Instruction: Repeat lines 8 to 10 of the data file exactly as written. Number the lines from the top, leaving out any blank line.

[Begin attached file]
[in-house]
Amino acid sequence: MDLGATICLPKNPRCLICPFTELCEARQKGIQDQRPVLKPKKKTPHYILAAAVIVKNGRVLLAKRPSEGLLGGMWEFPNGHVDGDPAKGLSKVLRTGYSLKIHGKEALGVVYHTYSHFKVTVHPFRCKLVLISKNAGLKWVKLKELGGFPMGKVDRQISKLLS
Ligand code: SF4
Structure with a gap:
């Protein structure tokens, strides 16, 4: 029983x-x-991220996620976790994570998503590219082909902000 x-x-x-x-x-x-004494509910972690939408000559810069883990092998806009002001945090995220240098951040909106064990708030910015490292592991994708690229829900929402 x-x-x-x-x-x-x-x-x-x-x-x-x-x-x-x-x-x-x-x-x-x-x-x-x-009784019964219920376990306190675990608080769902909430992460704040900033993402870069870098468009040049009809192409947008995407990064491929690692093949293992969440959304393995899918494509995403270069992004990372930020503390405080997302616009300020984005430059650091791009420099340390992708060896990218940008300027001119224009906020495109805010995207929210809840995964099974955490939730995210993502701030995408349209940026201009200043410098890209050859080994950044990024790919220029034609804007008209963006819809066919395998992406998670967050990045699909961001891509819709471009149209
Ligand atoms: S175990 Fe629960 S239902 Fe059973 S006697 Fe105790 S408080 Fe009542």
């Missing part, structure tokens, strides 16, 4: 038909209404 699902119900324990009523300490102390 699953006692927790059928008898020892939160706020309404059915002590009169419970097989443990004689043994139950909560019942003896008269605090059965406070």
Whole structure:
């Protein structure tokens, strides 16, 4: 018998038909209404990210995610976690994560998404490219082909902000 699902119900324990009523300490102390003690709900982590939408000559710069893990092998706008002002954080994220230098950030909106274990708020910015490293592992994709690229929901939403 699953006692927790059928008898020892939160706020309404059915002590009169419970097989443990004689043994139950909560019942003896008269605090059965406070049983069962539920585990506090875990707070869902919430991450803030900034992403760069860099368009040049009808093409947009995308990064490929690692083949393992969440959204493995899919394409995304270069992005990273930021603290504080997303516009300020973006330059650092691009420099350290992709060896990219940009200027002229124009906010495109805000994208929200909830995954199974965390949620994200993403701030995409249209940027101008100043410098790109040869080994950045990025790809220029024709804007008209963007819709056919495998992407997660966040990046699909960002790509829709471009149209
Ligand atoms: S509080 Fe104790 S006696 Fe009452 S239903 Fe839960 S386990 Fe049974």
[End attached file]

Whole structure:
């Protein structure tokens, strides 16, 4: 018998038909209404990210995610976690994560998404490219082909902000 699902119900324990009523300490102390003690709900982590939408000559710069893990092998706008002002954080994220230098950030909106274990708020910015490293592992994709690229929901939403 699953006692927790059928008898020892939160706020309404059915002590009169419970097989443990004689043994139950909560019942003896008269605090059965406070049983069962539920585990506090875990707070869902919430991450803030900034992403760069860099368009040049009808093409947009995308990064490929690692083949393992969440959204493995899919394409995304270069992005990273930021603290504080997303516009300020973006330059650092691009420099350290992709060896990219940009200027002229124009906010495109805000994208929200909830995954199974965390949620994200993403701030995409249209940027101008100043410098790109040869080994950045990025790809220029024709804007008209963007819709056919495998992407997660966040990046699909960002790509829709471009149209
Ligand atoms: S509080 Fe104790 S006696 Fe009452 S239903 Fe839960 S386990 Fe049974």